10. Old Man Grip Strength

Back in the old days, men worked out by working hard. They carried heavy loads and had the grip, forearm strength, and crushing handshake to match. Big biceps and strong quads are one thing, but this is an area in which the modern athlete often falls short. When grip is the weakest link in the chain, your lifts, pull-ups, kettlebell swings, and countless other exercises suffer. Deadlifts aren’t the only grip exercise, but they’re among the best. Build a grip like an old man.

11. A Menu to Choose From

Want to mix things up? Sumo deadlifts, Romanian deadlifts, trap bar deadlifts, and rack pulls all offer different benefits and all can find a place in a well-constructed training program. There’s plenty of deadlift variety for when you want to switch things up.

12. Ramrod Posture

Sloppy posture doesn’t just come from internally-rotated shoulders. It comes from a weak core, sleepy glutes, and even undeveloped hamstrings and lats. The deadlift conducts a glorious symphony throughout these muscles, building their strength, drawing them into alignment, and solidifying their role in keeping your back straight, shoulders back, and chest proud.

The deadlift that brought me into the 1000lb Club.

A video posted by Hugh Jackman (@thehughjackman) on

13. Bones Like Wolverine

Deadlifts are a perfect storm of full-body muscle strength and testosterone, and studies have shown that that these factors mean a profound increase in bone strength and decrease in osteoporosis risk. Strong bones mean a person that’s harder to kill. Be like Wolverine. Do deadlifts.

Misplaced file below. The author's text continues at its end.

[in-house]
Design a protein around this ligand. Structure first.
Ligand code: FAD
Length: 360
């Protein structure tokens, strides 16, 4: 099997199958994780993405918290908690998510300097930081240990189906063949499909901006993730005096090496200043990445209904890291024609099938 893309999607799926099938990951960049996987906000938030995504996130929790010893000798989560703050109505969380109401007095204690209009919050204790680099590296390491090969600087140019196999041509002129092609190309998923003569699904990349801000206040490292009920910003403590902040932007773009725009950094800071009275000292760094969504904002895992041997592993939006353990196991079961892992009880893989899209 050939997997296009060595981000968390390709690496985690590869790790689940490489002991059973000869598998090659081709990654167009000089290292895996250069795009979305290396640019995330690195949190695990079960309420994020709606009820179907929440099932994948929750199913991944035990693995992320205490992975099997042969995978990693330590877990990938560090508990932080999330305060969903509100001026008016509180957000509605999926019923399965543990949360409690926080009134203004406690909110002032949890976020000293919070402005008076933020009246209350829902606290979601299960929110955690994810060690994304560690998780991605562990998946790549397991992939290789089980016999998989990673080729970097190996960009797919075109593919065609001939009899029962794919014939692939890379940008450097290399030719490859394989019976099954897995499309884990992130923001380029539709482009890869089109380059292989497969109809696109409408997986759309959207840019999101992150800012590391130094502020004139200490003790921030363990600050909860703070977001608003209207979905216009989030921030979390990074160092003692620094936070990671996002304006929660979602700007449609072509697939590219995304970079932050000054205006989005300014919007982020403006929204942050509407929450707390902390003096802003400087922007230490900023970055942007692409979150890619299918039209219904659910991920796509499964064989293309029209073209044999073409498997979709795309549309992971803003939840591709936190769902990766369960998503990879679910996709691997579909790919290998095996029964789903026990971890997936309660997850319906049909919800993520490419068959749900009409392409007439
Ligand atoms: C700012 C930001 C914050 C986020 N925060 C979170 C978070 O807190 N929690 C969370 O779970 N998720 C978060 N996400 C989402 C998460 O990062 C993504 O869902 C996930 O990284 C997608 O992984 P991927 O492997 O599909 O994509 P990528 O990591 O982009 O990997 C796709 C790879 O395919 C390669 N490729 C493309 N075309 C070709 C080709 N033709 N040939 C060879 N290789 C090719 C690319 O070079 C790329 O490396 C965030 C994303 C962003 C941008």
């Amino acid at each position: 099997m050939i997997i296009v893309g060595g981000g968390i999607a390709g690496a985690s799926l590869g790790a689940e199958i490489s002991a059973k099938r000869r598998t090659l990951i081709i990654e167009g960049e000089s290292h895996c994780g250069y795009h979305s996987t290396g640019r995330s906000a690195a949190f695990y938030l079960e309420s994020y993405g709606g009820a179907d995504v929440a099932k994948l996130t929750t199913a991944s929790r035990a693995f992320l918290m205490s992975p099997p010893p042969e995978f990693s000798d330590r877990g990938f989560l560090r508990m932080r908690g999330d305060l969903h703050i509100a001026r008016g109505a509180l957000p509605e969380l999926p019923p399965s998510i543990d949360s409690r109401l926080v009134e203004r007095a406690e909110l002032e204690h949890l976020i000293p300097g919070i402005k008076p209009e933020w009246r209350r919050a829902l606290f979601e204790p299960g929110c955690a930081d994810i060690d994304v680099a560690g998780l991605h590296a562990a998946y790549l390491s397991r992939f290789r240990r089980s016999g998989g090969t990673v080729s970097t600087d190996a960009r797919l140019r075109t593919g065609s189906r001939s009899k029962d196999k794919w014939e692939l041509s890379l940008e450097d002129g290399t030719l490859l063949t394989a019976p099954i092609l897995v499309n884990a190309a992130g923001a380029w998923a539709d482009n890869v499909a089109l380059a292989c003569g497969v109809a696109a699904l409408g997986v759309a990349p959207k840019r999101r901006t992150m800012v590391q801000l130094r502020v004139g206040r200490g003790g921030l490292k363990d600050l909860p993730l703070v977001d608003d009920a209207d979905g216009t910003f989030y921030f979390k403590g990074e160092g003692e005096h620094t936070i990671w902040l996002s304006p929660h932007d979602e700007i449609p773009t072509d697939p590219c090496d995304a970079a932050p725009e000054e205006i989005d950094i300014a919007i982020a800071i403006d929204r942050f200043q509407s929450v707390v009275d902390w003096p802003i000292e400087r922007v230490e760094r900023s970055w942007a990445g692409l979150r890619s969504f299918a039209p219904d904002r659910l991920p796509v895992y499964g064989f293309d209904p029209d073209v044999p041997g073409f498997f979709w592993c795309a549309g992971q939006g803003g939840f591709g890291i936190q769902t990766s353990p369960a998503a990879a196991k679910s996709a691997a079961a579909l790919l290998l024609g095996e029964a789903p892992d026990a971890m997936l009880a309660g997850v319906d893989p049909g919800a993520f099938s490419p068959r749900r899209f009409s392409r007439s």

Featured image via Eddie Hall on Facebook

Editors note: This article is an op-ed. The views expressed herein are the authors and don’t necessarily reflect the views of BarBend. Claims, assertions, opinions, and quotes have been sourced exclusively by the author.


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Nick is a content producer and journalist with over seven years’ experience reporting on four continents. His first articles about health were on a cholera outbreak in rural Kenya while he was reporting for a French humanitarian organization. His next writing job was covering the nightlife scene in Shanghai. He’s written on a lot of different kinds of things, but his passion for health ultimately led him to cover it full time.Shanghai was where he managed to publish his first health related article (it was on managing diarrhea), he then went on to produce a radio documentary about bodybuilding in Australia before he finished his Master’s degrees in Journalism and International Relations and headed to New York City. Here, he’s been writing on health full time for more than five years for outlets like Men's Health, VICE, and Popular Science.Nick’s interest in health kind of comes from an existential angle: how are we meant to live? How do we reach our potential? Does the body influence the mind? (Believe it or not, his politics Master’s focused on religion.)Questions like these took him through a lot of different areas of health and fitness like gymnastics, vegetarianism, kettlebell training, fasting, CrossFit, Paleo, and so on, until he realized (or decided) that strength training fit best with the ideas of continuous, measurable self improvement.At BarBend his writing focuses a little more on nutrition and long-form content with a heaping dose of strength training. His underlying belief is in the middle path: you don’t have to count every calorie and complete every workout in order to benefit from a healthy lifestyle and a stronger body. Plus, big traps are cool.